Nook blog – How acoustics affect wellbeing
One of the most widely recognised symbols of British tourism, the red telephone box is now almost redundant in its original use. Nowadays you’re more likely to find these iconic phone booths stuffed full of books, street food or housing community defibrillators.
Built in the 1920s, the telephone box was purely functional: a quiet, private location for people to use when having a conversation on the phone. Fast forward almost 100 years and there are now unlimited ways to communicate with one another; text, videocall, email, emojis (the modern-day hieroglyph), voice recordings, or using any of the hundreds of social media apps. How do you want to receive these messages, by phone, tablet, smartwatch, smart speaker, laptop or computer? The options are endless, but the quickest and often most convenient way to transfer information is through a voice conversation via the old-fashion phone call.
The world of work has changed, due to developments in technology, the acceptance of agile working and ease of connectivity – almost 80% of adults own a smartphone, according to the BBC, which means we can be reached almost instantly. Unfortunately, something was forgotten alongside the red telephone box, and that’s the functional need for a “quiet, private location”.
Particularly over the last few decades employers and facilities managers have been dealing with a tsunami of dissatisfaction statistics due to increased noise and office disturbance. In a 2015 report from The Leesman Review, it was discovered that a staggering 99% of people said that their concentration was impaired by office noise such as unanswered phones and background speech. Stacey Temprell, the Residential Sector Director from Saint-Gobain UK, further demonstrated how audio can affect health and wellbeing when she said that office noise “can be directly linked to levels of stress in the workplace, as well as a reduction in employee productivity. Other consequences of noise exposure have been identified, including cardiovascular disease, high blood pressure, headaches, hormonal changes, psychosomatic illnesses, sleep disorders, reduction in physical and mental performance, stress reactions, aggression, constant feelings of displeasure and reduction in general wellbeing”.
Introverts or those on the Autistic spectrum are particularly susceptible to noise, which is one of the reasons why the rise in open plan offices have been met with such animosity. With introverts making up 30-50% of the workforce, people who prefer quieter, private environments have been stripped of their safe space. This in turn has often meant that introverted people have had to adopt a louder persona, simply to blend in with their new surroundings. Susan Cain, author of Quiet: The Power of Introverts in a World That Can’t Stop Talking says, “When introverts act like extroverts, it’s very stressful. It’s not their natural behaviour. It takes a lot of effort and results in them having less mental and physical stamina available to do their work.”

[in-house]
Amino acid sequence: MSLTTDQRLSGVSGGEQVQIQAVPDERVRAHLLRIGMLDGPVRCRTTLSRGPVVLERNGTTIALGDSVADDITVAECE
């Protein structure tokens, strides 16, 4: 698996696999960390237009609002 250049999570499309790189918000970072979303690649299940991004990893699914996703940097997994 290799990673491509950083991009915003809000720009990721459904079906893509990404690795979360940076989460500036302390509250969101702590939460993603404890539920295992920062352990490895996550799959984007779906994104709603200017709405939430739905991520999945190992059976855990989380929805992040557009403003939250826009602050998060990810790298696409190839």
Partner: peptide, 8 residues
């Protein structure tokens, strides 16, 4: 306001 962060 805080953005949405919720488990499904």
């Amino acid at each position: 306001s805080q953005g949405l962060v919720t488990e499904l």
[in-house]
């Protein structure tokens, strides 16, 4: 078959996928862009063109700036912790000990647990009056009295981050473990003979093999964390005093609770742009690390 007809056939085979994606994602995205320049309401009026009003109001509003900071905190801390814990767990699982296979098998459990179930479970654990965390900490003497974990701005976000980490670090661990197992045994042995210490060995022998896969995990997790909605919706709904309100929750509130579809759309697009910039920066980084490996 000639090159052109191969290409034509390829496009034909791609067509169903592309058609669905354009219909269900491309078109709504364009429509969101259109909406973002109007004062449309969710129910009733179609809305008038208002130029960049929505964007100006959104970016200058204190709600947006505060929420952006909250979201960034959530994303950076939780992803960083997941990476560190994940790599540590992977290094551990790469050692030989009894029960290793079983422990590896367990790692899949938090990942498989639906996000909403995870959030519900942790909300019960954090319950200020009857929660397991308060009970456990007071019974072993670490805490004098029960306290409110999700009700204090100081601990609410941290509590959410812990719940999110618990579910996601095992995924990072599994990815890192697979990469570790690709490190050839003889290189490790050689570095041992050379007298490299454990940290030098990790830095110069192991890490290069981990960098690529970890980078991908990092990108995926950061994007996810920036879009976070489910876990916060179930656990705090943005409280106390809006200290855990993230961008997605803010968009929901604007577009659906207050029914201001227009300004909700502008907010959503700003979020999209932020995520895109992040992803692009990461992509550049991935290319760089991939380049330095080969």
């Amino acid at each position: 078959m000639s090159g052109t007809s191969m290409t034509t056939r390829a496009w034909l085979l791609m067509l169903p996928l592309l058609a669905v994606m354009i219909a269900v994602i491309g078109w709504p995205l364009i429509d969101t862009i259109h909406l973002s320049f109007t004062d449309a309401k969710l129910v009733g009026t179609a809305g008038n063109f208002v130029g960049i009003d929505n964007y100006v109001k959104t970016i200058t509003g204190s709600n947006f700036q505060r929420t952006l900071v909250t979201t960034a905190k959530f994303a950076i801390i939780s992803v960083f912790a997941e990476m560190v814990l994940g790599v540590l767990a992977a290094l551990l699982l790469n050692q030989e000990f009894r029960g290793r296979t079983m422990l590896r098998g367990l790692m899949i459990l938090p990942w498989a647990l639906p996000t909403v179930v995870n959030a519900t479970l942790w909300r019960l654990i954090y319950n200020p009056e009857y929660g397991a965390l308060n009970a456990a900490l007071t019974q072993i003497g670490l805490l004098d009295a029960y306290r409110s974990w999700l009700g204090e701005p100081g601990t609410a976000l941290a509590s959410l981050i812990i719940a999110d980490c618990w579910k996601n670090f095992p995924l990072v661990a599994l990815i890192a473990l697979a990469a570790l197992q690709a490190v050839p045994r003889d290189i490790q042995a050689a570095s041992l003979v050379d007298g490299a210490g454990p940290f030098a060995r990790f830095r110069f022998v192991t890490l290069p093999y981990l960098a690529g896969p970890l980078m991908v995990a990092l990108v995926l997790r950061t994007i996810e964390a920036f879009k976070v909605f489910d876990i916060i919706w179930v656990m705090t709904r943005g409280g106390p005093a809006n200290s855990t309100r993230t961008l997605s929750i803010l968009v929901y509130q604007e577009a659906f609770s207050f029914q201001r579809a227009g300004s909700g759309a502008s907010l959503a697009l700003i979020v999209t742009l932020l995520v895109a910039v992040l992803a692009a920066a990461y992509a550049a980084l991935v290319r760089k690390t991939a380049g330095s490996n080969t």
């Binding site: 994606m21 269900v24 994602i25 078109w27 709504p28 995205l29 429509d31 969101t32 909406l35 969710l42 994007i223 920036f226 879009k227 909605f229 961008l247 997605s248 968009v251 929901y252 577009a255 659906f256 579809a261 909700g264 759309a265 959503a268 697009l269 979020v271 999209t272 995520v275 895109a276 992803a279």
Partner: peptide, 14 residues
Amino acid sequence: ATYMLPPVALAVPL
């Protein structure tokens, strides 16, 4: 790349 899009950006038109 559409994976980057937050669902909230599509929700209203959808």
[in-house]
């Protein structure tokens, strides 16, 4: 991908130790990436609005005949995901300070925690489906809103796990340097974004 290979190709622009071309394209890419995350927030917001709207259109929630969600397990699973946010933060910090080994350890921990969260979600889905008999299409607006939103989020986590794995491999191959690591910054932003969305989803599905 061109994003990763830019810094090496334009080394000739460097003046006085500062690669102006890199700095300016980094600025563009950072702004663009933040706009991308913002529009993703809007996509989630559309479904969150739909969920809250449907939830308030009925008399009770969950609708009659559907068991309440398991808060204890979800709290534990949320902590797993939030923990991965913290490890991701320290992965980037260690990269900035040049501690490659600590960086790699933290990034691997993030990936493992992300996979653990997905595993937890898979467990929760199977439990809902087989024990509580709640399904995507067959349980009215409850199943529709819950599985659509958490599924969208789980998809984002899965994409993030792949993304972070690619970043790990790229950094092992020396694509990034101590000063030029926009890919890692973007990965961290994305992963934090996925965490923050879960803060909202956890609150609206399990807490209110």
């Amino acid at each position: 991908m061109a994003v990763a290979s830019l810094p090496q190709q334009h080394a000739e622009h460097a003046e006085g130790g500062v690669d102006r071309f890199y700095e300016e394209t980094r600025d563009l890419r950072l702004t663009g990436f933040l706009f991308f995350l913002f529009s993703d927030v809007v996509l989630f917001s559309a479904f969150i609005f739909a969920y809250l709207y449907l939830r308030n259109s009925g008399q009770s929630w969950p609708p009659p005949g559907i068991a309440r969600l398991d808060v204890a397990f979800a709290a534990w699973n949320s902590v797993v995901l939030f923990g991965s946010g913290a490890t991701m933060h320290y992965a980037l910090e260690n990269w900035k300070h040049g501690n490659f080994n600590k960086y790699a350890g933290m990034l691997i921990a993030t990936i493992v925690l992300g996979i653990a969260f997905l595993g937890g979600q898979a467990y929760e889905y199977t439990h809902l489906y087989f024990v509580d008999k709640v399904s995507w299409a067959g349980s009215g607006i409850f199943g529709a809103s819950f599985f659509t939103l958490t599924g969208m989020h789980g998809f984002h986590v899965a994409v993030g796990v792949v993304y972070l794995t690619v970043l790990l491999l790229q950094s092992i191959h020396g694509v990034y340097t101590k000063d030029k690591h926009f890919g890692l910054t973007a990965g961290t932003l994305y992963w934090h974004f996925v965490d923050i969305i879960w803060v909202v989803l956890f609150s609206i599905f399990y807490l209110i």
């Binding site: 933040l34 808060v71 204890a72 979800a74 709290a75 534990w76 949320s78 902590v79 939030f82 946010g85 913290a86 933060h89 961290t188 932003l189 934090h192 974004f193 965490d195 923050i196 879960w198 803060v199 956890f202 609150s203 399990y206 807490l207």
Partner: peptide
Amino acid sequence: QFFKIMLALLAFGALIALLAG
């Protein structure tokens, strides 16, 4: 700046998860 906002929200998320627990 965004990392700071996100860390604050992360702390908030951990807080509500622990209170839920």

In response to the auditory deluge, management began to explore acoustic solutions. Up popped phone booths, acoustic panels and sound pods. Whilst many have satisfied a quick fix, some of these ‘acoustic solutions’ have been designed with form over function. A recent example happened in a coworking space, when Nook’s CEO David O’Coimin went to make a private call in a phone booth; the assumption being that it was sound proof or at least conditioned to muffle out adjacent conversations. Far from being the case, David was able to sit inside his separate phone booth and hear with great clarity, every, single, word from the person next door.
It’s clear that people need an acoustic buffer. It’s also fairly obvious that workers need a focus space, a flexible area that encourages creativity and productivity in all its forms. And introverts? Well they need their privacy back, but actually, so do the extroverts. The point is that people – labels aside – should be provided places to have private conversations. And it needn’t be at the cost of feeling isolated from the rest of the team; meeting rooms can again be returned to occupiers needing meetings, as opposed to being used for confidential conversations.
This is where huddle spaces and collaboration pods can begin to bloom. By infusing functional work capabilities (desk + chair + technology) alongside holistic brain-soothers (quiet + comfort + privacy) you establish a welcoming, accessible and communal hot spot.
Neuroinclusive design is in the very veins of a Nook Pod. Acoustic comfort, privacy, enabled technology and instant flexibility are all incorporated to counterbalance what has been missing for the last few years. Better focus, greater engagement and quite simply some peace and quiet will lead to a noticeable improvement in personal wellbeing.
For examples of companies that found better ways of working, check out the Nook case studies page or get in touch via firstname.lastname@example.org or by calling (hopefully in a quiet space, so as not to distract others) +44 (0)333 577 6665.